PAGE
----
Having a bit of fun with the origin of the faithful kebab.
Originally posted on janeyinmersin:
Saturday night. You’ve been out clubbing until late and you’re hungry. What do you want? A kebab! You race to the nearest kebab shop (and it doesn’t matter where you are in the world there is always a kebab shop) and you order your kebab “with the works”.
Within minutes you are holding your kebab, smothered in chilli sauce (or God forbid BBQ sauce) and you find your mouth filling with saliva in anticipation. You’re excited. You know it is going to be the best kebab you have ever had – and it is.
Fast forward to Turkey. You have arrived in Istanbul, ready for adventure. There are historical sites, amazing beaches, gorgeous people – and kebabs. Yes Turkish kebabs. The real thing. You make your way to the first lokanta you come across ready to order your first genuine kebab. With confidence you place your order. They speak English! A bonus. Your table is laden with a basket of bread, a plate of lemon and pickled chilli and a small salad. Am I going to have to pay for all this stuff? Um?
Within minutes a plate is placed before you with a smile. You look at it. What is it? It is not a kebab. It is not what you were expecting. You try to get the waiter’s attention but he is too busy with customers.
What just happened here?
Heads up folks. There are a variety of kebabs available to you in Turkey and each one is unique.
You’ve got the Şiş kebab. This was what I received the first time I ordered a kebab in Turkey. Large cubes of meat threaded onto a skewer and grilled over charcoal. Usually served with grilled domates and biber. Just a warning for you though, keep your wits about you when ordering. If you are not sure check because instead of siğir eti (beef) or piliç (chicken) you may just end up with offal as your meat of choice and nobody wants that to happen.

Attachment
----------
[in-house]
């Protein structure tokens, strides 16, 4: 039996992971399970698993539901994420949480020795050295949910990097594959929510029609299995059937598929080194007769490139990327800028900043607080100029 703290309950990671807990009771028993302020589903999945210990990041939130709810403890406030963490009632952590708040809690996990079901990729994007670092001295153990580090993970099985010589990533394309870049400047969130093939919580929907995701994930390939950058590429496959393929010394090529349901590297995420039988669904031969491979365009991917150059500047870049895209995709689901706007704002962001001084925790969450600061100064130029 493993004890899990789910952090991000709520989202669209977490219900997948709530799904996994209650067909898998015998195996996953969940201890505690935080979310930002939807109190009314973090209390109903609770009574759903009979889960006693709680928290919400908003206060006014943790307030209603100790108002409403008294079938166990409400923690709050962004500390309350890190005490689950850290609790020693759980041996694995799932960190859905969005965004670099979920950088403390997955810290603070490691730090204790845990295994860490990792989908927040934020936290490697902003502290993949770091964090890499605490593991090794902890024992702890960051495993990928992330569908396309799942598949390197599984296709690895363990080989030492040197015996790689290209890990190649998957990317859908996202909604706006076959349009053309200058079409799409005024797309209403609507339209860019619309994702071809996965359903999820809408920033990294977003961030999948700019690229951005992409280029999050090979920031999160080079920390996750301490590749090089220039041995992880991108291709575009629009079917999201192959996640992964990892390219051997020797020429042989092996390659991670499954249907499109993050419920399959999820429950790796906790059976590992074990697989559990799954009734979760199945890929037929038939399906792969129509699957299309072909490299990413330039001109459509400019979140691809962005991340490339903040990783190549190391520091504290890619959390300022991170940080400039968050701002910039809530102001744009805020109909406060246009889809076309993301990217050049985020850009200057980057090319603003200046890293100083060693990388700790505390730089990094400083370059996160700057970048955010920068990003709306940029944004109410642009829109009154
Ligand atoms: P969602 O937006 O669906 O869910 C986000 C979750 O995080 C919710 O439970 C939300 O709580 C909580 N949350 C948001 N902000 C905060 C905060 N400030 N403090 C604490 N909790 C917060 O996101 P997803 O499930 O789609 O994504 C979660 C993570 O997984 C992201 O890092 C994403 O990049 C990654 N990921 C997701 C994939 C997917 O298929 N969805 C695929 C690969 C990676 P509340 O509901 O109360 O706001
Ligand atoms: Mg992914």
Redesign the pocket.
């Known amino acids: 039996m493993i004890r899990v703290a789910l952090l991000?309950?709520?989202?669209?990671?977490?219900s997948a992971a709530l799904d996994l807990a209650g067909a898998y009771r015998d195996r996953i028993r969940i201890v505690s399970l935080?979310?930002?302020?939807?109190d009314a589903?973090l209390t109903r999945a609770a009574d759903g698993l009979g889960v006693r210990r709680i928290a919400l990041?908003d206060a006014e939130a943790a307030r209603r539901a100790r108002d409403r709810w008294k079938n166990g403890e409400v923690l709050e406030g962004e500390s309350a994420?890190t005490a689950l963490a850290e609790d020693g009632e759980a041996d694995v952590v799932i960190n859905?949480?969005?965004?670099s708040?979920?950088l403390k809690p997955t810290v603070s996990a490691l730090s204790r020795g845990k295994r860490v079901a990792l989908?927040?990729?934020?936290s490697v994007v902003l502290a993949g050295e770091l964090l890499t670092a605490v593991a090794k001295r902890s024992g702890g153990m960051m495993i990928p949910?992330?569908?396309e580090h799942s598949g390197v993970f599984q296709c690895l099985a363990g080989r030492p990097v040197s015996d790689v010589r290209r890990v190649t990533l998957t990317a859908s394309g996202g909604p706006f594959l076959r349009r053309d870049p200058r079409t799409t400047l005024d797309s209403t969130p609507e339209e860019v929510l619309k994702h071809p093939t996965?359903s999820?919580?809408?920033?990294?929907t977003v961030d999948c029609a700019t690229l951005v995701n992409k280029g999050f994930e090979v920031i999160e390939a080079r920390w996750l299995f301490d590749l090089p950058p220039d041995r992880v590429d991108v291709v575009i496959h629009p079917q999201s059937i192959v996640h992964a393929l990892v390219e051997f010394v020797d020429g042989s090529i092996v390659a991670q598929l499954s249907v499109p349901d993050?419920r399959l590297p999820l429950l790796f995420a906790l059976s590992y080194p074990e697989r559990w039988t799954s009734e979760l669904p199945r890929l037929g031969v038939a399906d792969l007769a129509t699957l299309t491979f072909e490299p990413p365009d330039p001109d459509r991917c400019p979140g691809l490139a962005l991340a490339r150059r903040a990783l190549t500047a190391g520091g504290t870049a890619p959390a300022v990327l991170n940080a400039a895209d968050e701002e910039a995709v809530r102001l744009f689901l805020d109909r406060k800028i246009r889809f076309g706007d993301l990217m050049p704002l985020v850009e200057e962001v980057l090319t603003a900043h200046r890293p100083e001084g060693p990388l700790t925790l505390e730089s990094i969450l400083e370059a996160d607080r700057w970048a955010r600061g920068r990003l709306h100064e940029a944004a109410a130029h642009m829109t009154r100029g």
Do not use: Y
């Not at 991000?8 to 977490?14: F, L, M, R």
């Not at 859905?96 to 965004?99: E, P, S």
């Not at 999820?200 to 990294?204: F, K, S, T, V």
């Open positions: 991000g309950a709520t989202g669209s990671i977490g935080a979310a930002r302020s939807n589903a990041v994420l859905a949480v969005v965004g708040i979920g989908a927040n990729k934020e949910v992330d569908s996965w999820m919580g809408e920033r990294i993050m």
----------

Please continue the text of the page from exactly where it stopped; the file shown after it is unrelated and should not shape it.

Then there is the iskander kebab. It’s got the shredded meat (beef or chicken) but the bread is also shredded. What? You might get a side dish of rice and a fresh salad but there will also be yogurt involved and a smothering of butter. Delicious but again … what?
My absolute favourite is an Adana kebab. I love this kebab because it is hellishly hot. Minced meat on a skewer and with some crazy hot spices it is also grilled over the charcoal. Definitely served with pita bread, salad and I suggest a cold glass of ayran to help you digest or you will be a puddle of sweat by the end of the dish.
But we are still trying to find that elusive kebab. You know the one that you have after a night out at home.
“Help me Janey,” you cry fearful of your next meal.
“Fear not gentle traveller. Go forth and get yourself a doner kebab.”
Usually beef, lamb or chicken the doner kebab is slow roasted on a vertical rolling spit. The Turkish doner kebab was invented in Bursa by a cook named Haci in the 19th century. The man was quite obviously a genius but not so much of a genius that he put a copyright on his invention. Nope. He probably died a pauper.
Your doner kebab will consist of shredded pieces of meat wrapped in flat bread. You will no doubt also find tomato, onion with sumac and a pickled chilli or two.
Just don’t ask them for BBQ sauce.
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